What they are is different. They have different requirements than many saltwater fish, and if someone goes into it thinking that they'll be just like every other fish they've raised, they're not going to have any luck.

I also wanted to jump on the low flow thing. That's old knowledge, and it turned out to be incorrect. Seahorses do quite well with a brisk flow. I keep my seahorses at around a 20x turnover rate. The important thing is to protect them from intakes, give them sheltered areas, and don't have the flow blasting them directly, say a single directional powerhead.

Temperature is also turning out to be pretty critical for seahorses. Seahorses are prone to bacterial infections, and temperature helps speed up the proliferation of bacteria. So most people keep their tropical seahorses in the low 70s, which turns out to work out fine.

I do agree that you should take your time setting up the tank before getting seahorses. I recommend that anyone new to saltwater keeping, plan to wait at least six months before you get seahorses once the tank is set up, so you can get used to how a saltwater fish tank works. Its those first months you'll be the most likely to screw something up. I would add fish before them, just make sure they're seahorse friendly fish (there are many kinds) and make sure the tank is big enough to accommodate the seahorses and tankmates. I would think that a 36 gallon would be fine for a pair and a couple non-seahorse fish.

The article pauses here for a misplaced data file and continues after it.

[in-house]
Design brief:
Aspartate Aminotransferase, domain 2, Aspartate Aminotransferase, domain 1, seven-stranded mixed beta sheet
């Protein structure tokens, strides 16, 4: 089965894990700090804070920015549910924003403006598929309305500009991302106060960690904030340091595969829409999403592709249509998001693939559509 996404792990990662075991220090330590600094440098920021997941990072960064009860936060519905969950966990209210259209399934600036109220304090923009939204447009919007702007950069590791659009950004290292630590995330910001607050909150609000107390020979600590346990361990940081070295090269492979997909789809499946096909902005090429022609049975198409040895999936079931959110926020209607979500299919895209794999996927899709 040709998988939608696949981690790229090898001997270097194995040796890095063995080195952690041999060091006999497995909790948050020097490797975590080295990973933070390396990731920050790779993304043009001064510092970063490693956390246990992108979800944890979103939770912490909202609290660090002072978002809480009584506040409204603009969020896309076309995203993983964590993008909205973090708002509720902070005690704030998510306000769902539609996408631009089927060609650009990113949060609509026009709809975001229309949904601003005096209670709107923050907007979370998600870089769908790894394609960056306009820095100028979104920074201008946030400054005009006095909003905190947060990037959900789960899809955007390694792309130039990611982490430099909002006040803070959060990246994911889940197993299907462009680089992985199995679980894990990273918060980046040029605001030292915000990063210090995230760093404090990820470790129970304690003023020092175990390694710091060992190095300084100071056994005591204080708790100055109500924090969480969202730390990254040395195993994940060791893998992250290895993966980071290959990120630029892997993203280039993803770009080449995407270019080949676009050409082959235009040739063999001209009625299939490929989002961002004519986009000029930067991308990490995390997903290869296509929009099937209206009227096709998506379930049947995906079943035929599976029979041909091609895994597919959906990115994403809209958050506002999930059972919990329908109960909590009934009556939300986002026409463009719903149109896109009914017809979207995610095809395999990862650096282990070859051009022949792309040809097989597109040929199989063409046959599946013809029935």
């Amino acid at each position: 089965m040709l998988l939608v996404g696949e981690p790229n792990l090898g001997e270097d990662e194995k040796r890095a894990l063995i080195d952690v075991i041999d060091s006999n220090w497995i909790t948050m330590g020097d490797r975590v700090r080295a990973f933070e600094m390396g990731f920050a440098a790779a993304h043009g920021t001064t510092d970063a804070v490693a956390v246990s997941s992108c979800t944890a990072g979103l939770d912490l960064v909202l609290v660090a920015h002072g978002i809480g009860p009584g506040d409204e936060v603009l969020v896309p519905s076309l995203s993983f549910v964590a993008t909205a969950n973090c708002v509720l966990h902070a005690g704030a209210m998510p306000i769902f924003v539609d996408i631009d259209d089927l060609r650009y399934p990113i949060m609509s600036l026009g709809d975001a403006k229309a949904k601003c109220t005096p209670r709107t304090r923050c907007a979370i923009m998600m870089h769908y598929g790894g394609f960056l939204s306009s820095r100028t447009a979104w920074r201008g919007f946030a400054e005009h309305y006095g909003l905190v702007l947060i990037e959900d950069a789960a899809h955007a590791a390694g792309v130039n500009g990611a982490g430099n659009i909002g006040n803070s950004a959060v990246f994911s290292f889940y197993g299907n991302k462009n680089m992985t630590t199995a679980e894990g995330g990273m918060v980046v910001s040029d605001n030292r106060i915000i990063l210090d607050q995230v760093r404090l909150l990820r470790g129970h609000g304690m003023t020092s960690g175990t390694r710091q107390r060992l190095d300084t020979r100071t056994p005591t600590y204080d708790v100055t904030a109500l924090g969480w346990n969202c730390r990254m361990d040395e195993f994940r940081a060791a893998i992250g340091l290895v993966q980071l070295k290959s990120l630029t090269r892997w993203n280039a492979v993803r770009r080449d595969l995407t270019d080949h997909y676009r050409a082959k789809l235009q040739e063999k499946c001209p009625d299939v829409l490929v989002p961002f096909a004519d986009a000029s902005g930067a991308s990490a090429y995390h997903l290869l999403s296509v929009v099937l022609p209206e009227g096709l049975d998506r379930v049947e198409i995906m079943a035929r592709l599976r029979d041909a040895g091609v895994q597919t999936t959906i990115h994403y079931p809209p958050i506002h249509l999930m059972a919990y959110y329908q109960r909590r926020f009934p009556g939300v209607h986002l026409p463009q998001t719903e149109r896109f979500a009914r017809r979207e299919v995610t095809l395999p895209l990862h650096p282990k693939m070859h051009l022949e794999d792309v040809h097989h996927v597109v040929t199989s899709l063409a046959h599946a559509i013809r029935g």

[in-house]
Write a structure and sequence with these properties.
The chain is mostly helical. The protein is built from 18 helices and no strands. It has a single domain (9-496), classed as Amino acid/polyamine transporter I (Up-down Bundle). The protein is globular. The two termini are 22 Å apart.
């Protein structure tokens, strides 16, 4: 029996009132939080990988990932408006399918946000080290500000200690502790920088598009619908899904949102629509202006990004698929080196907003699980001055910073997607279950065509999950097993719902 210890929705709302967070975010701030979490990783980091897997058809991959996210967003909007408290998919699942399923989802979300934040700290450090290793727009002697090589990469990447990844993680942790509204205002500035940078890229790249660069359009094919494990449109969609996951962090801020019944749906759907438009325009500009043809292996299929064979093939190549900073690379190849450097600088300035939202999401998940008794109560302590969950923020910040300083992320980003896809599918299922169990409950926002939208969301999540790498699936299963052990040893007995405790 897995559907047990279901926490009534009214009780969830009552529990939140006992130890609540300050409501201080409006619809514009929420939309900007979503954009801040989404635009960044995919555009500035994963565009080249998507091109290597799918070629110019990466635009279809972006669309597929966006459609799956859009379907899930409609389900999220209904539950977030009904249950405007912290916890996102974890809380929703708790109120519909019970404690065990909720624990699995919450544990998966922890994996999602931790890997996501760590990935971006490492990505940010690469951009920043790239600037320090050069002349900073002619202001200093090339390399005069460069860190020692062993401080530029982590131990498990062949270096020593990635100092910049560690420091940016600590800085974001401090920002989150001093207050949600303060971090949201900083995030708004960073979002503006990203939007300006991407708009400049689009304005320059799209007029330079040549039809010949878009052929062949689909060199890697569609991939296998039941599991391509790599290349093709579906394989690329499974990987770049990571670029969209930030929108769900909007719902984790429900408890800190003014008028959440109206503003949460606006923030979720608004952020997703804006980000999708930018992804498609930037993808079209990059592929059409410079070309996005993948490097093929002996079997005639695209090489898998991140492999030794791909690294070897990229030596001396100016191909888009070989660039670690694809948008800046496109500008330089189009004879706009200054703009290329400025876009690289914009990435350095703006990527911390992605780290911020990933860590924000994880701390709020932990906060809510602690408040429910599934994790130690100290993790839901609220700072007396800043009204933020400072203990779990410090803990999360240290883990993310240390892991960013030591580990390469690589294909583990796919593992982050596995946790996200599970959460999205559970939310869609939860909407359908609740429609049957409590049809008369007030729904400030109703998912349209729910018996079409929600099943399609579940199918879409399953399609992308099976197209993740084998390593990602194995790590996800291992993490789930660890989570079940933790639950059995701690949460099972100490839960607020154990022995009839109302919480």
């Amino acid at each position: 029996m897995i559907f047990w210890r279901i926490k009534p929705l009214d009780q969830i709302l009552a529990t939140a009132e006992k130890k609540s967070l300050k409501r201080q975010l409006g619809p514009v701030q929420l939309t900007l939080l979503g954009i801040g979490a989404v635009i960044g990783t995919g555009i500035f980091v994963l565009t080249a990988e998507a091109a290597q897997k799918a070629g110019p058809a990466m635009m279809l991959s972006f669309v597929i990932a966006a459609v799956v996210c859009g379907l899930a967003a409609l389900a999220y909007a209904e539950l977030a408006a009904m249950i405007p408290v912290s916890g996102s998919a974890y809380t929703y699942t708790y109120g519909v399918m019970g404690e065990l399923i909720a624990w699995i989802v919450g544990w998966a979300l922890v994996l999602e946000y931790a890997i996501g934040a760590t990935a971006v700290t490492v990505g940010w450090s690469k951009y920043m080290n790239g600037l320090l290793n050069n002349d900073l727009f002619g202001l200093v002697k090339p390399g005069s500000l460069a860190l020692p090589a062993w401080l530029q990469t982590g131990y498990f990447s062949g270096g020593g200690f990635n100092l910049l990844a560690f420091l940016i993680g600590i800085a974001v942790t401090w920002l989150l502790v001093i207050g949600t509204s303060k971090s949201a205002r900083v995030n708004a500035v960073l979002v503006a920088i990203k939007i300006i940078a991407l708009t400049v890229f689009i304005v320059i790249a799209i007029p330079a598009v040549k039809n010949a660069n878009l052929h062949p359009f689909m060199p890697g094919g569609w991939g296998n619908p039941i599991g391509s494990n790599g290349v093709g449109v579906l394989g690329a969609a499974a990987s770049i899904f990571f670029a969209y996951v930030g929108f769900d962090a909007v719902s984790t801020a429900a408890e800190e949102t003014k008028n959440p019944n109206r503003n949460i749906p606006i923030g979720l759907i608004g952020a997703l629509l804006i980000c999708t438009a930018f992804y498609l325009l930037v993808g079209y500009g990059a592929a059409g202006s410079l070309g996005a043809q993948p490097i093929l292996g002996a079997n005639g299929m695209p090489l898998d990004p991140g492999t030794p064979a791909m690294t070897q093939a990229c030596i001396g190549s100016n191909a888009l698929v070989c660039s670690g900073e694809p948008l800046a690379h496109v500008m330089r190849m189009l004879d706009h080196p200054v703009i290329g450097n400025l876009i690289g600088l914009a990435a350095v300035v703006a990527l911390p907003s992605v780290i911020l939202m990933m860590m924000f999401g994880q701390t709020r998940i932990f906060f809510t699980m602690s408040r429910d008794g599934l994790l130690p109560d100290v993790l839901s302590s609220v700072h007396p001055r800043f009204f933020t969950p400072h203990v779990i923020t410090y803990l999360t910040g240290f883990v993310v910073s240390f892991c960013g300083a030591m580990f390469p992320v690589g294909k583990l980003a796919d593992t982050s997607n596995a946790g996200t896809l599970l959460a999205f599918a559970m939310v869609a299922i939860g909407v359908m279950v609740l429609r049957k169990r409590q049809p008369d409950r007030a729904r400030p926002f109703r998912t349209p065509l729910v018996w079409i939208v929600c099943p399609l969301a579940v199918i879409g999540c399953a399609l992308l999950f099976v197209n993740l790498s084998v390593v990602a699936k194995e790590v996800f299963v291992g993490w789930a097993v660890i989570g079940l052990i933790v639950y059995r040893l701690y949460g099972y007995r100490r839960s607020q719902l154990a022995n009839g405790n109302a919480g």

Also, species matters. Probably the easier to care for are Hippocampus erectus. I don't want to say they're bullet-proof, but they are definitely the most gregarious and least prone to refuse food.

Finally, one thing to keep in mind is that they do have a specialized died and can't go long periods without food. Which means feeding frozen mysis a 2-3 times a day, and making sure that you have a trustworthy petsitter when you go on vacation.
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Old 09-22-2011, 02:39 AM   #8
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Quote:
Originally Posted by tamiw
I just wanted to jump in as a long time seahorse keeper and clear up some misconceptions. Seahorses, especially captive bred ones (true captive bred, not tank raised seahorses) Are not nearly as difficult as people make them out to be. Are they as easy as clownfish? No. But there are many other aquarium fish that fall under difficult before these guys.

What they are is different. They have different requirements than many saltwater fish, and if someone goes into it thinking that they'll be just like every other fish they've raised, they're not going to have any luck.